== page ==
2nd Cir.: Substantive Hobbs Act Robbery Not Crime of Violence for Career Offender: Chappelle
In United States vs. Chappelle, the Second Circuit held that Substantive Hobbs Act Robbery was not a crime of violence for the career offender enhancement.
Chappelle's Crime and Sentencing
Chappelle was charged in a three-count indictment with conspiracy to distribute narcotics, in violation of 21 U.S.C. 846 and 841, conspiracy to commit Hobbs Act robbery, in violation of 18 U.S.C. 1951, and possession of a firearm during a drug trafficking offense, in violation of 18 U.S.C. 924(c). Chappelle pled guilty to the Hobbs Act conspiracy and 924(c) charge. Pursuant to his plea agreement, Chappelle stipulated that he was a career offender under U.S.S.G. 4B1.1 and waived his right to appeal or collaterally attack any sentence of 327 months or less.
At sentencing, the district court determined that Chappelle’s conviction for Hobbs Act conspiracy qualified as a crime of violence under U.S.S.G. 4B1.2 which triggered the career offender enhancement. Chappelle faced a guidelines range of 262 to 327 months with the career offender enhancement. Without it, Chappelle’s guidelines range would have been 151 to 188 months.
Chappelle's Sentence Overturned
On direct appeal, the Second Circuit vacated Chappelle’s 924(c) conviction because it had previously held that Hobbs Act conspiracy is not a valid predicate crime of violence for 924(c) purposes. Chappelle was subsequently re-sentenced. This time, the district court concluded that Chappelle was not a career offender and sentenced him accordingly. The government appealed the district court’s determination that Hobbs Act conspiracy was not a crime of violence for career offender purposes.
Chappelle argued that his conviction for Hobbs Act robbery is not a crime of violence under the Guidelines’ definition found at U.S.S.G. 4B1.2. Notably, at Chappelle’s original sentencing, an earlier version of the Guidelines had been used that contained a “catch-all” residual clause. However, when Chappelle was re-sentenced the district court used the 2018 Guidelines Manual which had narrowed the definition of a crime of violence.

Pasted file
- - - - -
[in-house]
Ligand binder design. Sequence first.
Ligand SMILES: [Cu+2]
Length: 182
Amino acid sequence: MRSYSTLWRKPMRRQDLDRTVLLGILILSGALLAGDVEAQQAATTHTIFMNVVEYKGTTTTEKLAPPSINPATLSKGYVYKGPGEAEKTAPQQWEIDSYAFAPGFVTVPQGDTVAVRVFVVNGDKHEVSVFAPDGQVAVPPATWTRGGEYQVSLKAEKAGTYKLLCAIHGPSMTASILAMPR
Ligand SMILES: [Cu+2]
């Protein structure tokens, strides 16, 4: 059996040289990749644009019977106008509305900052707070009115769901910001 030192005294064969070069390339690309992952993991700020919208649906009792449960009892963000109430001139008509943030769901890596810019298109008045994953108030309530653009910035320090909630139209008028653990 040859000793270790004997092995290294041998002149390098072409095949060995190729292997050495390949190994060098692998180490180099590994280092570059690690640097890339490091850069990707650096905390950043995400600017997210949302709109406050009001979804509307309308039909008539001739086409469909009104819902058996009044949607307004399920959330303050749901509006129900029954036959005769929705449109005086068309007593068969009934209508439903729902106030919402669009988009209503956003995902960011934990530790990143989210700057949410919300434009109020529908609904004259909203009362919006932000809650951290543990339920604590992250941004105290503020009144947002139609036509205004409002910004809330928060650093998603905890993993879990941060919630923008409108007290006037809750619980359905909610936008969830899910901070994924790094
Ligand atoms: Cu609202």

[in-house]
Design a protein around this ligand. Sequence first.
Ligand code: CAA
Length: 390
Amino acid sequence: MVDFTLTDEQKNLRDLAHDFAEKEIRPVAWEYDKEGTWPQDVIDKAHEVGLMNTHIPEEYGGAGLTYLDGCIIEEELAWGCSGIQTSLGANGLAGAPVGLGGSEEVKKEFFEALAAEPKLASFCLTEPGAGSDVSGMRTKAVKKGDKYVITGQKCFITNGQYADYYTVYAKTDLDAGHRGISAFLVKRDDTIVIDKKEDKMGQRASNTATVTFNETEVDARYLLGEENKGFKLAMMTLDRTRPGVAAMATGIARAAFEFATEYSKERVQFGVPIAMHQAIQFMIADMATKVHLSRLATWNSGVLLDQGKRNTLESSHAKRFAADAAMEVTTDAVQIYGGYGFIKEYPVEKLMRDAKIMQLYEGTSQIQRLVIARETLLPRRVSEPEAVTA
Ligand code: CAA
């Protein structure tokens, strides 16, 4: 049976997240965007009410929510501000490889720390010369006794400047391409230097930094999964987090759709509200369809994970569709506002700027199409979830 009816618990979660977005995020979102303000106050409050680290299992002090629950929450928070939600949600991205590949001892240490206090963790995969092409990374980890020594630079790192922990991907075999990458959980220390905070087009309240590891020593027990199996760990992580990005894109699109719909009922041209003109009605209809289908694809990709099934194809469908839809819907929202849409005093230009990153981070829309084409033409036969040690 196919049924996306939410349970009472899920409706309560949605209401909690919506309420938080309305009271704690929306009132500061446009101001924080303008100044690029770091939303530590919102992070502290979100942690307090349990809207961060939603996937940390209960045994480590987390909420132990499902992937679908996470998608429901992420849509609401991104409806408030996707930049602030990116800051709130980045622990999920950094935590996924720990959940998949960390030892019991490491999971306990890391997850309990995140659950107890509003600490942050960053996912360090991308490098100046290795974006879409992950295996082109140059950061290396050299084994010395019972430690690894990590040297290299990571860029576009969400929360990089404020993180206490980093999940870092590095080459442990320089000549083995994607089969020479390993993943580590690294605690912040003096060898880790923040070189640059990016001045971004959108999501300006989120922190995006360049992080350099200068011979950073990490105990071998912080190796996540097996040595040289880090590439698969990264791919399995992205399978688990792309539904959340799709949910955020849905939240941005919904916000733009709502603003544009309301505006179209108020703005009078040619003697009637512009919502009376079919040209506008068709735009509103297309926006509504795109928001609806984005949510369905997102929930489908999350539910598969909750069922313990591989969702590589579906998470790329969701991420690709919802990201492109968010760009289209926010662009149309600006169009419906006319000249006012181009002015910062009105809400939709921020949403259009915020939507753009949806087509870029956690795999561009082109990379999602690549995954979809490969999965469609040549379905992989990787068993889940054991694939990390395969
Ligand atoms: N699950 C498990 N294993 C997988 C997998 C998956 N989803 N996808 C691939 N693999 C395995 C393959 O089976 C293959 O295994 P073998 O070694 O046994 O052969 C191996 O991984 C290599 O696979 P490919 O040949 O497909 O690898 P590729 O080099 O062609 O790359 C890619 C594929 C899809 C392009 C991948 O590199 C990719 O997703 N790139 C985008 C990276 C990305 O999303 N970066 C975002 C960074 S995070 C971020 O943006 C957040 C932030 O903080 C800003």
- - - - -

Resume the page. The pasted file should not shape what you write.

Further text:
Holding: Hobbs Act Robbery not a Crime of Violence for Career Offender Purposes
In deciding Chappelle’s appeal, the Second Circuit joined seven of its sister circuits in holding that substantive Hobbs Act robbery is not a crime of violence for career offender purposes. The court reasoned that Hobbs Act robbery can be committed based solely on violence against property, whereas a crime of violence for career offender purposes must be based on violence against another person. Because substantive Hobbs Act incorporates conduct that is broader than the Guidelines definition, it cannot qualify as a crime of violence under 4B1.2.
Because substantive Hobbs Act robbery does not qualify as a predicate offense for career offender purposes, the Seventh Circuit held that Chappelle’s Hobbs Act conspiracy conviction could also not qualify.
The Second Circuit has now joined the Third, Fourth, Sixth, Seventh, Ninth, Tenth and Eleventh Circuits in holding that substantive Hobbs Act robbery does not qualify as a crime of violence for career offender purposes. IMPORTANTLY, this does not mean that substantive Hobbs Act robbery is not a crime of violence under the ACCA or 18 U.S.C. 924(c). The critical distinction is that the U.S. Sentencing Guidelines do not allow for crimes of violence against property of another, whereas the other definitions of a crime of violence do. The definitions of a crime of violence under each are similar, but the Guidelines omission of property crimes is the key factor in holding Hobbs Act robbery cannot be used to enhance a sentence under the career offender Guidelines.